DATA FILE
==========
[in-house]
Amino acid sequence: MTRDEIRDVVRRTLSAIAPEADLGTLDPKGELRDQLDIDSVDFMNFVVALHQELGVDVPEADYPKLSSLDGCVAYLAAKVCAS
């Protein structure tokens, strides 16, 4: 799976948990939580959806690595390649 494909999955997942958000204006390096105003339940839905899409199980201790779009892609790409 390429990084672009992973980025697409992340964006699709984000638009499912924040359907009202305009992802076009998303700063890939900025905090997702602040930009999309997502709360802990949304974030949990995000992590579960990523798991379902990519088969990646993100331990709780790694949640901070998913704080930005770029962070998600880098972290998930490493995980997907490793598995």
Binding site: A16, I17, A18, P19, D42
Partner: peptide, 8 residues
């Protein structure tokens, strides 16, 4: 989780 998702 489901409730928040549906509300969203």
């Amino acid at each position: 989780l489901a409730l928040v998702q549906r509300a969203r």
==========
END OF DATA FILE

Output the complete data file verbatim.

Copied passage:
[in-house]
Amino acid sequence: MTRDEIRDVVRRTLSAIAPEADLGTLDPKGELRDQLDIDSVDFMNFVVALHQELGVDVPEADYPKLSSLDGCVAYLAAKVCAS
């Protein structure tokens, strides 16, 4: 799976948990939580959806690595390649 494909999955997942958000204006390096105003339940839905899409199980201790779009892609790409 390429990084672009992973980025697409992340964006699709984000638009499912924040359907009202305009992802076009998303700063890939900025905090997702602040930009999309997502709360802990949304974030949990995000992590579960990523798991379902990519088969990646993100331990709780790694949640901070998913704080930005770029962070998600880098972290998930490493995980997907490793598995």
Binding site: A16, I17, A18, P19, D42
Partner: peptide, 8 residues
């Protein structure tokens, strides 16, 4: 989780 998702 489901409730928040549906509300969203």
């Amino acid at each position: 989780l489901a409730l928040v998702q549906r509300a969203r």